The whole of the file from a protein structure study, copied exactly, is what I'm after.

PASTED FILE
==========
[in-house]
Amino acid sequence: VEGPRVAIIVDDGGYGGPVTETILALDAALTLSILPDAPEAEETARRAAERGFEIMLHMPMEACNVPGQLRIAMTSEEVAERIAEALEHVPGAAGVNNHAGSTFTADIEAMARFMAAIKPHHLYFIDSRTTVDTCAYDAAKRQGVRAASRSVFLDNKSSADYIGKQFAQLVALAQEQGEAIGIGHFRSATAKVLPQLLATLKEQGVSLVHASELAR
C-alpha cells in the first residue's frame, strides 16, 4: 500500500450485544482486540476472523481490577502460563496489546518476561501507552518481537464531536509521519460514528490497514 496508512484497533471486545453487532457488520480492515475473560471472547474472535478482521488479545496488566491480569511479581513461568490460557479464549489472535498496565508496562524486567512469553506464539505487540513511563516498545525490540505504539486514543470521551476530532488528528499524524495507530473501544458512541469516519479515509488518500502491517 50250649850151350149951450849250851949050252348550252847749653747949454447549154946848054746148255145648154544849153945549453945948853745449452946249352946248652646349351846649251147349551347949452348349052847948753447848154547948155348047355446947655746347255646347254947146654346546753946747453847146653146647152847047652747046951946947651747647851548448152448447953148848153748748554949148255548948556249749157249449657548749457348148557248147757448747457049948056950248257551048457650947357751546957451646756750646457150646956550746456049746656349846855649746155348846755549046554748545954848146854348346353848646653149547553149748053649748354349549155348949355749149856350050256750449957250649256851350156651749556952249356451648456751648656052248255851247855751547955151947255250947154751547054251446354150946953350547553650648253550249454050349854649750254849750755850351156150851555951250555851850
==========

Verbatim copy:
[in-house]
Amino acid sequence: VEGPRVAIIVDDGGYGGPVTETILALDAALTLSILPDAPEAEETARRAAERGFEIMLHMPMEACNVPGQLRIAMTSEEVAERIAEALEHVPGAAGVNNHAGSTFTADIEAMARFMAAIKPHHLYFIDSRTTVDTCAYDAAKRQGVRAASRSVFLDNKSSADYIGKQFAQLVALAQEQGEAIGIGHFRSATAKVLPQLLATLKEQGVSLVHASELAR
C-alpha cells in the first residue's frame, strides 16, 4: 500500500450485544482486540476472523481490577502460563496489546518476561501507552518481537464531536509521519460514528490497514 496508512484497533471486545453487532457488520480492515475473560471472547474472535478482521488479545496488566491480569511479581513461568490460557479464549489472535498496565508496562524486567512469553506464539505487540513511563516498545525490540505504539486514543470521551476530532488528528499524524495507530473501544458512541469516519479515509488518500502491517 50250649850151350149951450849250851949050252348550252847749653747949454447549154946848054746148255145648154544849153945549453945948853745449452946249352946248652646349351846649251147349551347949452348349052847948753447848154547948155348047355446947655746347255646347254947146654346546753946747453847146653146647152847047652747046951946947651747647851548448152448447953148848153748748554949148255548948556249749157249449657548749457348148557248147757448747457049948056950248257551048457650947357751546957451646756750646457150646956550746456049746656349846855649746155348846755549046554748545954848146854348346353848646653149547553149748053649748354349549155348949355749149856350050256750449957250649256851350156651749556952249356451648456751648656052248255851247855751547955151947255250947154751547054251446354150946953350547553650648253550249454050349854649750254849750755850351156150851555951250555851850